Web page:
Lawmakers are talking seriously about a 21.5 percent pay raise for state district judges. That raise would also mean a 21.5 percent bump in the pensions of lawmakers. It's a vote that opens politicians to criticism for fluffing their own financial pillows while leaving other budget items without enough money.Full Story
The Employees Retirement System (ERS) oversees the retirement benefits for state employees. The agency, which was created in 1947, also manages a group benefits program, a retirement program and a savings program.
According to the agency's Web site, "the Executive Director is responsible for overseeing the overall operations of the agency, including legal, investment and legislative matters. Additionally, the ...
Texas' public pension systems — including the one state lawmakers pay into — have an airtight exemption from the landmark 1973 sunshine law that was designed to let taxpayers known how public money is being spent. But some lawmakers want to change that.
Will the Planned Parenthood brouhaha affect elections? Should state officeholders be able to collect retirement while they're still on the job? And should Texas lawmakers have term limits?Full Story
Texas has scored a 68 out of 100, placing 27th in a national state integrity study. The state got high marks for auditing and for monitoring pension funds, but not as high for accountability of the governor and legislators.Full Story
Aaronson on Rick Perry's Texas Enterprise Fund, Aguliar on the DOJ's Joe Arpaio problem, Galbraith on the uncertainty about Texas' electric grid, Grissom and Schwartz of The New York Times on the latest in the Michael Morton case, Hamilton on the first leg of Perry's Iowa bus tour, Murphy and McLain unveil our new campaign finance database, Ramsey et al. go live with the first round of our 2012 election brackets, Root on a GOP rival's queries about Perry's pension play, M. Smith contrasts the various school finance lawsuits and Tan, Dehn and Murphy on a shortage of mental health professionals: The best of our best content from December 19-23, 2011.Full Story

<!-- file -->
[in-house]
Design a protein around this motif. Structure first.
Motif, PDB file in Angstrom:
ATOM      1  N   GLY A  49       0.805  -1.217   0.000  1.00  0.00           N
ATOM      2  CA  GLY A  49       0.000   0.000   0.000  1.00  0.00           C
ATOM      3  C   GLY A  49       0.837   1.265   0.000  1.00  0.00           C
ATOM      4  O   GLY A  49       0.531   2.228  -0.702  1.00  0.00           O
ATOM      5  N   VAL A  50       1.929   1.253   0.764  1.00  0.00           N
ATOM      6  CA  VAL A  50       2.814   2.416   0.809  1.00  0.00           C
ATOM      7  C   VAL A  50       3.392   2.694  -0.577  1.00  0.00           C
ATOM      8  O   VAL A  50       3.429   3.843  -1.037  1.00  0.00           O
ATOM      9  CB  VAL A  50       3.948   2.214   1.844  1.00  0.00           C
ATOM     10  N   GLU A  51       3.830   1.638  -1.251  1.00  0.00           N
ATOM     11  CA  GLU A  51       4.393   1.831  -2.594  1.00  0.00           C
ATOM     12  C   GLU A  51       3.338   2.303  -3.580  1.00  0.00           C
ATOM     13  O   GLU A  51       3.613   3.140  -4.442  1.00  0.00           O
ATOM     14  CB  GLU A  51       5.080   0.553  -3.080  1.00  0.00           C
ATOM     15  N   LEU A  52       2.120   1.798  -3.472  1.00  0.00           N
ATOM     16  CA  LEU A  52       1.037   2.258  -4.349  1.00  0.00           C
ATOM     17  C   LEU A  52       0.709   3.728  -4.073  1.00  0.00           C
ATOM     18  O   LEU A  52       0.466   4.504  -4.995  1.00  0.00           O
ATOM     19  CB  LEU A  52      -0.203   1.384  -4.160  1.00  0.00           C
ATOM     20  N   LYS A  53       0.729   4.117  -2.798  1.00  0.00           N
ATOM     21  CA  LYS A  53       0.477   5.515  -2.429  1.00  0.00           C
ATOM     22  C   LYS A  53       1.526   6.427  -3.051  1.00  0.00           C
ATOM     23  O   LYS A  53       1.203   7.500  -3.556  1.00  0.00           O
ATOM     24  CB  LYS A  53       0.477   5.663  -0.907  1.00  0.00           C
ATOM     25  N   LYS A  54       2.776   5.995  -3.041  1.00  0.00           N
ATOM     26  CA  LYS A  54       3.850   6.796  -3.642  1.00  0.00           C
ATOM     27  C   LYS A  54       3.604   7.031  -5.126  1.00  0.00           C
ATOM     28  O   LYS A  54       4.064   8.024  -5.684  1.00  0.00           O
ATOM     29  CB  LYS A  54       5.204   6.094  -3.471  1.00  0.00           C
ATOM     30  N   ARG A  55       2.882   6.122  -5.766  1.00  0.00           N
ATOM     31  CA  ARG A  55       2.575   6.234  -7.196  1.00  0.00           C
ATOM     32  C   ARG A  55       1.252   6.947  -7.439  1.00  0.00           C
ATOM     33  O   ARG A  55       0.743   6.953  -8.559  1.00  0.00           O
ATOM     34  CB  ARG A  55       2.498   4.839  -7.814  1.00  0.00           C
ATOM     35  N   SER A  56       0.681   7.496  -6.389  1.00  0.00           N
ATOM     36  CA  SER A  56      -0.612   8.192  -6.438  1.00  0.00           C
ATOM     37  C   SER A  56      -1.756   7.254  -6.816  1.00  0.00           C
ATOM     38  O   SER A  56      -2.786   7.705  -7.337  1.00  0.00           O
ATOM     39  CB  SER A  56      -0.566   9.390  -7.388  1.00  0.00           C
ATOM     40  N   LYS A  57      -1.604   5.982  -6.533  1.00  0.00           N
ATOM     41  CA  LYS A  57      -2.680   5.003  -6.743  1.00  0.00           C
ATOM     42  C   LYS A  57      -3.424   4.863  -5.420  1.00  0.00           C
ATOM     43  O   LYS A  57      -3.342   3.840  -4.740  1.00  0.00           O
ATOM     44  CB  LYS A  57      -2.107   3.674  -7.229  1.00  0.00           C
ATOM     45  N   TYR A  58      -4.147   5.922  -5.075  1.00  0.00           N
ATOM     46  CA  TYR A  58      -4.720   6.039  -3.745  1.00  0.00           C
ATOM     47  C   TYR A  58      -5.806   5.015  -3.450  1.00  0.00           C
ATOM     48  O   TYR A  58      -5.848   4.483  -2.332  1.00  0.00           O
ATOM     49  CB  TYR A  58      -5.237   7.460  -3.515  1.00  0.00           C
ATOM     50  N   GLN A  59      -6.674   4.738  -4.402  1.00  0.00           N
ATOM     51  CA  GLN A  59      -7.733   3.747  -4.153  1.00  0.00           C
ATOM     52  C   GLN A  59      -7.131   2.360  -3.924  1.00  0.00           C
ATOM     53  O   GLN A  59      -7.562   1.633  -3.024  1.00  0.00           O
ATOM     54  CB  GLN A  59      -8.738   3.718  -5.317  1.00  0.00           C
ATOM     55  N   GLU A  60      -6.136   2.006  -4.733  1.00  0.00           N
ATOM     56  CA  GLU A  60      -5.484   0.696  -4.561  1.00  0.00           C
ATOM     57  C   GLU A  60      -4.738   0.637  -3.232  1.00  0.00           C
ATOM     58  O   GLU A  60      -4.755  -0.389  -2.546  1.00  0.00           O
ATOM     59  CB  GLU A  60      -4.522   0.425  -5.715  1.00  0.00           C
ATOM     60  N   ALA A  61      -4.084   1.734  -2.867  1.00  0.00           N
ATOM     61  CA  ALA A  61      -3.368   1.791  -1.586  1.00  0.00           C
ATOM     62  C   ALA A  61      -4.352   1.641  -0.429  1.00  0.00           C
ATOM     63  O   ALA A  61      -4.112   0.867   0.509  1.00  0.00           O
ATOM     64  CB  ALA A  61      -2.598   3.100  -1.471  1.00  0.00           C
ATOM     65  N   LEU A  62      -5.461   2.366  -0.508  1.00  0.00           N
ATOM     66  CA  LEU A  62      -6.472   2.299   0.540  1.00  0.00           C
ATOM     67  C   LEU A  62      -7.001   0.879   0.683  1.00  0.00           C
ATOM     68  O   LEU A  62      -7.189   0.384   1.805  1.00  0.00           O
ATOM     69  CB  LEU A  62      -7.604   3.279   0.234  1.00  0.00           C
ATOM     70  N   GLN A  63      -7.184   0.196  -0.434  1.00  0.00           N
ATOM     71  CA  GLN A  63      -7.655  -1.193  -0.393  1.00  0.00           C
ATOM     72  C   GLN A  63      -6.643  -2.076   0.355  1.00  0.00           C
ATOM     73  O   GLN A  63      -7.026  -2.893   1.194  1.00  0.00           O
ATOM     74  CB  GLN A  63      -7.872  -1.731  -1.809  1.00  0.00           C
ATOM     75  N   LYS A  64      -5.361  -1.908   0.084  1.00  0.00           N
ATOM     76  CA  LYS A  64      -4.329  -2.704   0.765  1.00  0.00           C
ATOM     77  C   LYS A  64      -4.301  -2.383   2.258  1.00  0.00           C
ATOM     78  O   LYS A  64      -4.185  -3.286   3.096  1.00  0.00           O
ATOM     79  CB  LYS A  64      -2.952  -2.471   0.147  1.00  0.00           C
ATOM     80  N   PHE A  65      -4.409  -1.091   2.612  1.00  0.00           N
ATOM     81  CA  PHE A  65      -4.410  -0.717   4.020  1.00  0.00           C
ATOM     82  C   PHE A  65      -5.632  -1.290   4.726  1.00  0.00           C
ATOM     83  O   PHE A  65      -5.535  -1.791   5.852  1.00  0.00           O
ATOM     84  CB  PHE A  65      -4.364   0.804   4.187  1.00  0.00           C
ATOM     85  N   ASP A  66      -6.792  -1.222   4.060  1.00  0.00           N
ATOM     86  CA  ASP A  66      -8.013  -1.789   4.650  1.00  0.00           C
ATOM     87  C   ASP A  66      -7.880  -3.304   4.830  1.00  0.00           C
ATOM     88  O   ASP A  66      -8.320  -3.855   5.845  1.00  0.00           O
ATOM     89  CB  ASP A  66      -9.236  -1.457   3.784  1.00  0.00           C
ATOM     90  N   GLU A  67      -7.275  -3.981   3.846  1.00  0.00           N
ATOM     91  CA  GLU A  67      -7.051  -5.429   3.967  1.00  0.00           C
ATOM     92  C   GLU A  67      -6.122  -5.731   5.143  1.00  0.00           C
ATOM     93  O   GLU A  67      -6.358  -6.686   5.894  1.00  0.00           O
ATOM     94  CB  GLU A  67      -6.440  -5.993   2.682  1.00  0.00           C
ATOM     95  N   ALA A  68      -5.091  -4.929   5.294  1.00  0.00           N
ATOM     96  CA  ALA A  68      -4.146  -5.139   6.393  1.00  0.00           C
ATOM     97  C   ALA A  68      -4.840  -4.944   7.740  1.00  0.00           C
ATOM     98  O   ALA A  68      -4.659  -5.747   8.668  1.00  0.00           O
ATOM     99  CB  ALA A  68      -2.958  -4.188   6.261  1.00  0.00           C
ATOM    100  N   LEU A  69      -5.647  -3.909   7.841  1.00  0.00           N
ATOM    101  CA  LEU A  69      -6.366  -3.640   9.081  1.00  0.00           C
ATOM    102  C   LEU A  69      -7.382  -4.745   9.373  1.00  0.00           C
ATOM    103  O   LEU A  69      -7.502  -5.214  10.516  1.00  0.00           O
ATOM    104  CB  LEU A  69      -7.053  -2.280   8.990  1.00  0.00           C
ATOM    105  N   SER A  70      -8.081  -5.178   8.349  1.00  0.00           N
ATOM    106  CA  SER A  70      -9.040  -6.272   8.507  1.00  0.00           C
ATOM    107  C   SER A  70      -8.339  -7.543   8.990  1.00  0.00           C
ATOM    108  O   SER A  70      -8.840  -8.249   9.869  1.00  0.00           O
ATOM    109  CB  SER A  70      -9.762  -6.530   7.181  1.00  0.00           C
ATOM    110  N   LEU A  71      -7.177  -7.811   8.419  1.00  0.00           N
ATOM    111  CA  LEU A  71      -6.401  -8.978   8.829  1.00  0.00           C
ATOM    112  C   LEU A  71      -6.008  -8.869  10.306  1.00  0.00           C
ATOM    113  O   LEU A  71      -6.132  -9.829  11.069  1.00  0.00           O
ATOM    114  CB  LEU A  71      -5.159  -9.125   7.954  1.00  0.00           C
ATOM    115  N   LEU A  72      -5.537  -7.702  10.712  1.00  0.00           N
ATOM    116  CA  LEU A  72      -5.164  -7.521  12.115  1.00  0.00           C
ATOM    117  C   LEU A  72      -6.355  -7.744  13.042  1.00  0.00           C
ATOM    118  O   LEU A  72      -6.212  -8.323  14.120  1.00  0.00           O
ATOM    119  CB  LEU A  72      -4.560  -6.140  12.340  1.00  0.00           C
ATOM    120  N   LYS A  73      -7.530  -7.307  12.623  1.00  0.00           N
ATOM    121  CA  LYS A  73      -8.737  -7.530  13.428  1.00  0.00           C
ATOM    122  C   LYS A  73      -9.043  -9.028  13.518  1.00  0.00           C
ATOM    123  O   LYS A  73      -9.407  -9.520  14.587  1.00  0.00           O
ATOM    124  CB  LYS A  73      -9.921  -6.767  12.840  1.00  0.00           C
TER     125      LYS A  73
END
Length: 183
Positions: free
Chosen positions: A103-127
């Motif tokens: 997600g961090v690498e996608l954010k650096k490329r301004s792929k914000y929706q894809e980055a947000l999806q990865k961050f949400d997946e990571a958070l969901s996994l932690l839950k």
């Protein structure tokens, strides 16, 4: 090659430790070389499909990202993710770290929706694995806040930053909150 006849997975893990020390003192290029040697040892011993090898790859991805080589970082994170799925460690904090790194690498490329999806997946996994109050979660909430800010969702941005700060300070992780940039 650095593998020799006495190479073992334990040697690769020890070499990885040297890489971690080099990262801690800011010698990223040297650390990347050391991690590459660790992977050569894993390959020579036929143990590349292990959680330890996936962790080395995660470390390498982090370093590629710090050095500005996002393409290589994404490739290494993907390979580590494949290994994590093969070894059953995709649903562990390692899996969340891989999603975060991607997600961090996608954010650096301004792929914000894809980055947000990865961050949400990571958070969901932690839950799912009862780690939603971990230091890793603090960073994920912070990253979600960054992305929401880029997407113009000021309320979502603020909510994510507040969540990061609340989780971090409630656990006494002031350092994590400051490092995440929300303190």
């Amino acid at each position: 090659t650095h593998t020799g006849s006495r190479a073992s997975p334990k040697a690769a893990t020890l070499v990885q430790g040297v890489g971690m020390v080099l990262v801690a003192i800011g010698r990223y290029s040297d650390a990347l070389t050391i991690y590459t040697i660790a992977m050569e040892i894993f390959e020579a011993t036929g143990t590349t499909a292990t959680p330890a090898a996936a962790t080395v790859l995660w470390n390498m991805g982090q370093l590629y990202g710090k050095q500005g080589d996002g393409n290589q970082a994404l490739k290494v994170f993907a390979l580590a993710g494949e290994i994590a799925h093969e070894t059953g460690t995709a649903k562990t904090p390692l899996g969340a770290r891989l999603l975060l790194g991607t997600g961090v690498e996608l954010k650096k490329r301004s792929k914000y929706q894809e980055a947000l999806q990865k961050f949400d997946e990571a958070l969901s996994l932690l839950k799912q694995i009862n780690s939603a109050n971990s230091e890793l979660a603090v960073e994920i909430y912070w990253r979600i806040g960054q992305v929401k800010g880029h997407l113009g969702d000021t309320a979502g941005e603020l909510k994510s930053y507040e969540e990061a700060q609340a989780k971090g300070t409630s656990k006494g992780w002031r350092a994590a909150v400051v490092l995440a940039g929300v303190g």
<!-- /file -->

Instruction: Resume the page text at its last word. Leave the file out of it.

Gov. Rick Perry has sparked a wave of criticism, and some unanswered questions, after filing paperwork this week revealing that he is collecting both a salary and a pension from the state of Texas. Critics say there are rules designed to prevent such arrangements. Perry and his aides say its perfectly legal.Full Story
Frustrated state employees continue to search for help — and answers — after the comptroller's office accidentally left sensitive personal data on an open server for anyone to see.Full Story
As they talk of cutting pension contributions and raising premiums for state employee health care and mandating layoffs and furloughs at state agencies, what are lawmakers doing to their own compensation and benefits?Full Story
Gov. Scott Walker should come to Texas, where much of what he’s seeking already exists. The right to bargain collectively isn’t allowed among state employees, and no public employee in Texas may legally go on strike.Full Story